Robb Report Singapore
David LaChapelle’s After the Deluge: Statue
An artwork of epic proportions by iconoclast David LaChapelle – Andrew Leci approves.
2019 HAS BEEN quite a year for the art world, and not solely for the reason that it marked the 500th anniversary of Leonardo da Vinci’s death. Almost an entire year of events culminated in an exhibition of Leonardo’s works at the Louvre in Paris in October.
Da Vinci’s works rarely come up for sale, so if you’re thinking of acquiring one to pass on as a gift for a (much) loved one – we’re talking seriously high levels of affection here I think – good luck. Salvator Mundi (Saviour of the World) by Da Vinci remains as the world’s most expensive work of art, sold at auction by Christie’s in 2017 for US$450 million, so if anything is up for grabs, an instalment plan might be advisable.
Much more manageable would be a work that I had the privilege to view this year and is not only available for purchase, but affordable. David LaChapelle’s After the Deluge: Statue, is not the most beautiful piece I have clapped eyes on, but it’s proved to be the most fascinating. If it were a book, it would be one that couldn’t be put down. As a work of art – despite the fact that it is a photograph, which might annoy the purists – it’s as compelling an image as I have beheld in 2019.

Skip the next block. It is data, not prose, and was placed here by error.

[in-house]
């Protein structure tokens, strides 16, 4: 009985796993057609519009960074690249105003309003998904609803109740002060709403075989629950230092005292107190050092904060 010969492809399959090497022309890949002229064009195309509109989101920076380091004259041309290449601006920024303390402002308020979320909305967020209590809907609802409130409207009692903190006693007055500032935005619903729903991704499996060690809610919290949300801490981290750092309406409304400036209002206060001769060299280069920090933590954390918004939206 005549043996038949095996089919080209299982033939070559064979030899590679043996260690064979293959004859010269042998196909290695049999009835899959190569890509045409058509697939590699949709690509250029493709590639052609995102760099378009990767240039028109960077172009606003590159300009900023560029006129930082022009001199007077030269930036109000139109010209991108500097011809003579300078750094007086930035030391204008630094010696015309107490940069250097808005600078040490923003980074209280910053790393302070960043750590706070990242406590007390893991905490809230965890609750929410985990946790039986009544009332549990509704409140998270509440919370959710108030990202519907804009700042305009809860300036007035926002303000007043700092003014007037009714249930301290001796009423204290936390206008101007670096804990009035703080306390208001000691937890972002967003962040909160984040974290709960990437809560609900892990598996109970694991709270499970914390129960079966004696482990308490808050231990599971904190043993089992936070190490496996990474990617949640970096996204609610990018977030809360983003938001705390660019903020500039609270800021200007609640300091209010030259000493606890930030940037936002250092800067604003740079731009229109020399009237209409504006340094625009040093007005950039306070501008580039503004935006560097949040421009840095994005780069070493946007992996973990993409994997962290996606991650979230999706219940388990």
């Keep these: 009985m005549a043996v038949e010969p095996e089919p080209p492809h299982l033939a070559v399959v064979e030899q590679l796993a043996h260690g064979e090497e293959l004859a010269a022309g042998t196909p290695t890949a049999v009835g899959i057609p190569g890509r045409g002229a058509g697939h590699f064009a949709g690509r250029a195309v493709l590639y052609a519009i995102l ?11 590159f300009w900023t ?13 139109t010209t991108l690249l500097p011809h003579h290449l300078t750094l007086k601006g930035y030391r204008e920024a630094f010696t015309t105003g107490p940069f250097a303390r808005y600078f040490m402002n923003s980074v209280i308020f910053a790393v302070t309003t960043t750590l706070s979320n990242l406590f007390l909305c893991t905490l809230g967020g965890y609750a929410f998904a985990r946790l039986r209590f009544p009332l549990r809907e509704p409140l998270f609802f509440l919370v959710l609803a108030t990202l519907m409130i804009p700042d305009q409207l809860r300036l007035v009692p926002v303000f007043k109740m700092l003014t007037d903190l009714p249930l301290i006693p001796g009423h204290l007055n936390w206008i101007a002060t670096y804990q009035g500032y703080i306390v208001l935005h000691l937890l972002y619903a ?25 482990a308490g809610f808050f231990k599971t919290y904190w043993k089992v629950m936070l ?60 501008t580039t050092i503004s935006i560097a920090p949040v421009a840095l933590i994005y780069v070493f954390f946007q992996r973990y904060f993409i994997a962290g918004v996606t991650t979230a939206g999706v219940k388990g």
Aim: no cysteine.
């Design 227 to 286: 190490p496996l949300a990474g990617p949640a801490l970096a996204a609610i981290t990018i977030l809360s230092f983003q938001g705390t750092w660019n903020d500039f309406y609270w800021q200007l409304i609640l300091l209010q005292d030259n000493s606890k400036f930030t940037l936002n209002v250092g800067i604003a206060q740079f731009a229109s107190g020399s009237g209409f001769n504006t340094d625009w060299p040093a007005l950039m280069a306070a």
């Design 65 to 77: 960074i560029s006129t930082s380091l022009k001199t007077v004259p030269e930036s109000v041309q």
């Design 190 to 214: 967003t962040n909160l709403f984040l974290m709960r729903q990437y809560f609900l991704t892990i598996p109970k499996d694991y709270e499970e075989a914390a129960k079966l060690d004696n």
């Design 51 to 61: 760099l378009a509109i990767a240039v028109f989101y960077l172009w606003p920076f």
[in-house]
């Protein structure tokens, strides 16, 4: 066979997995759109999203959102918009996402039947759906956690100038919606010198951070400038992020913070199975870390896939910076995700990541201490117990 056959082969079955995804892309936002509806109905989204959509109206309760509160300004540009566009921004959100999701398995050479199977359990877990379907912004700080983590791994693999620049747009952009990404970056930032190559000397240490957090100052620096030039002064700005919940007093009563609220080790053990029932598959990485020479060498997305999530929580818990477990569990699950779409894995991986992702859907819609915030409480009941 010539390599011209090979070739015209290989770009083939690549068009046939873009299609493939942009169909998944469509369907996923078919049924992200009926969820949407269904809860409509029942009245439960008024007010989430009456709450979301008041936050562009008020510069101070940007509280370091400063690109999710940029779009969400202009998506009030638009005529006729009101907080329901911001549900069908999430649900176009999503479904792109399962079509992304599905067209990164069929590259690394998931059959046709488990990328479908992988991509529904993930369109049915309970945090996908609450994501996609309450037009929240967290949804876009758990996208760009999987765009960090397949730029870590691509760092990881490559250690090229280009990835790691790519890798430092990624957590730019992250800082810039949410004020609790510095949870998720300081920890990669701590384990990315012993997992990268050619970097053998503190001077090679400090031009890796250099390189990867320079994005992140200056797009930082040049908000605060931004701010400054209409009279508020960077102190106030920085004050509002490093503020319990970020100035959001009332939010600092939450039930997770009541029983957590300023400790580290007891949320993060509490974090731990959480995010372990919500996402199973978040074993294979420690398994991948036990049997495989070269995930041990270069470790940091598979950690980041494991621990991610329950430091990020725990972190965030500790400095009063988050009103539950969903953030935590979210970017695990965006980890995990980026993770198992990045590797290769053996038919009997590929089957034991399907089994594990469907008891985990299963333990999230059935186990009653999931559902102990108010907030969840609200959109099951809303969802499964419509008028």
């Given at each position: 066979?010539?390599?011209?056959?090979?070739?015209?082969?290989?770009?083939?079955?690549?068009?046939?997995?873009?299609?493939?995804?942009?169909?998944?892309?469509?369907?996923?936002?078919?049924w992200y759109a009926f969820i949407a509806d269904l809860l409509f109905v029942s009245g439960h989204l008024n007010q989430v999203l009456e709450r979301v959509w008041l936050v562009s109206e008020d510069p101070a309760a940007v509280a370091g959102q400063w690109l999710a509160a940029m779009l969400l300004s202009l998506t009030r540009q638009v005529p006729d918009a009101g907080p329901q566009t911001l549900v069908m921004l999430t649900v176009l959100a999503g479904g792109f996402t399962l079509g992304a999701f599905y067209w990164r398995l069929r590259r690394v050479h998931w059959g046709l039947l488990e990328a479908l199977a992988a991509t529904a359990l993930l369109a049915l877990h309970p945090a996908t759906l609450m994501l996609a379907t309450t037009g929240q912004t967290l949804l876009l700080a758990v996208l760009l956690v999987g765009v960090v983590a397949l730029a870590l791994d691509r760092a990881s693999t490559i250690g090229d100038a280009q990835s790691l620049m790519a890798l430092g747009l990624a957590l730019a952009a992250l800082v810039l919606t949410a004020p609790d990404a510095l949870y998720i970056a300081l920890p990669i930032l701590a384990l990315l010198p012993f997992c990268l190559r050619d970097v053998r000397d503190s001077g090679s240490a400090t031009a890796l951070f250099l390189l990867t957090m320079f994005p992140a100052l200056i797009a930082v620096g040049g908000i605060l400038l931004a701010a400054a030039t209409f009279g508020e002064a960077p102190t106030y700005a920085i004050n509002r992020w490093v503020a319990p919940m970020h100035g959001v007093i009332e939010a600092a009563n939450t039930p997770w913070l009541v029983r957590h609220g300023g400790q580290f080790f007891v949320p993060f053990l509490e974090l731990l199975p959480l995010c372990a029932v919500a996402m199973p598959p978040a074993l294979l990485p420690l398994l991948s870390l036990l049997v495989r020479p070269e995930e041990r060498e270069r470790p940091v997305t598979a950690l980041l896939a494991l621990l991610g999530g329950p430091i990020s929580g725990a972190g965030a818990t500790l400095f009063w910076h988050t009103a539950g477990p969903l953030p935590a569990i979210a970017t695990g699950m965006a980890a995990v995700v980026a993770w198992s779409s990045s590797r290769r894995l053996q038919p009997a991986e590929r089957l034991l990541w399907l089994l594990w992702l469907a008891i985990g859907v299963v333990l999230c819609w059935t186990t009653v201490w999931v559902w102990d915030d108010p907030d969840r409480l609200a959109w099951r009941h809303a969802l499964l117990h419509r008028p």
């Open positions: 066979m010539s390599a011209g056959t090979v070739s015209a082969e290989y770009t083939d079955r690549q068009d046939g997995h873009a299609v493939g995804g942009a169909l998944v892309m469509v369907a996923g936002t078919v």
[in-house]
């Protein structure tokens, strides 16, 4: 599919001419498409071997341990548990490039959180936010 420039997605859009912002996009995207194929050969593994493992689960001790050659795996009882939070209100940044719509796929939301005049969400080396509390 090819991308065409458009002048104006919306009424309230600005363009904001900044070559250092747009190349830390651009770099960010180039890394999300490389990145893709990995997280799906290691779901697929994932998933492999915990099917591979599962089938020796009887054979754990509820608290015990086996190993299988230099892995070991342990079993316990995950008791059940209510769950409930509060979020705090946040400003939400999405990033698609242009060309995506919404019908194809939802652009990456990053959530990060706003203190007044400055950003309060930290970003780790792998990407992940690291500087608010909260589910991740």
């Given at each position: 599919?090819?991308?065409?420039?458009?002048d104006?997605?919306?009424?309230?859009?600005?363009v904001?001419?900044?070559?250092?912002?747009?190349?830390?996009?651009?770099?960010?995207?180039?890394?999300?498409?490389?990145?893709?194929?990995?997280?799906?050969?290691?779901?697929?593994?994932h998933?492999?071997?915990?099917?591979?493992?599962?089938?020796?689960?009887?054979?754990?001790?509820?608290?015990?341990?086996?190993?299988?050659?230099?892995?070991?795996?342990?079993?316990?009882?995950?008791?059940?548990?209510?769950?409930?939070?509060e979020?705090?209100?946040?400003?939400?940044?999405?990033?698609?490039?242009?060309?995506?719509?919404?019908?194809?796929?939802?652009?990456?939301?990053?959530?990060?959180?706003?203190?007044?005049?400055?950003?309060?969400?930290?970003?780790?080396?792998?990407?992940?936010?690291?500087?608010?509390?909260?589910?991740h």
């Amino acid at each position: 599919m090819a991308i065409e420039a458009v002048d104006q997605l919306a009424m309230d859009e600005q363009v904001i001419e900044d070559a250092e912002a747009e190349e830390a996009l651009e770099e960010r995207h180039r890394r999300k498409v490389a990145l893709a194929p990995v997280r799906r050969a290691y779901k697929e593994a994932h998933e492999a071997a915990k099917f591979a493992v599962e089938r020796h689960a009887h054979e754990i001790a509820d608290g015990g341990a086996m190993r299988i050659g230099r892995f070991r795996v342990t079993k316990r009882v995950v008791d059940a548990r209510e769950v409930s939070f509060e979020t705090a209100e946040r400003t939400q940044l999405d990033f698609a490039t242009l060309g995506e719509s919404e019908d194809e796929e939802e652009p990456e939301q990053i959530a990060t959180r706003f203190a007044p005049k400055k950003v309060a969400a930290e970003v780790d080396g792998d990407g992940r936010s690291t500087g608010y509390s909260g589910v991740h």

Quite simply, there is so much to look at, so much to think about and so many possible interpretations of the work itself and what it is trying to convey, that you could stand and look at it for hours, and then sit for a few more when your legs get tired. I would be prepared to redesign my house to make wall space for such an acquisition, and there may be a happy reader out there who will find it in their Christmas stocking. It will need to be a capacious one.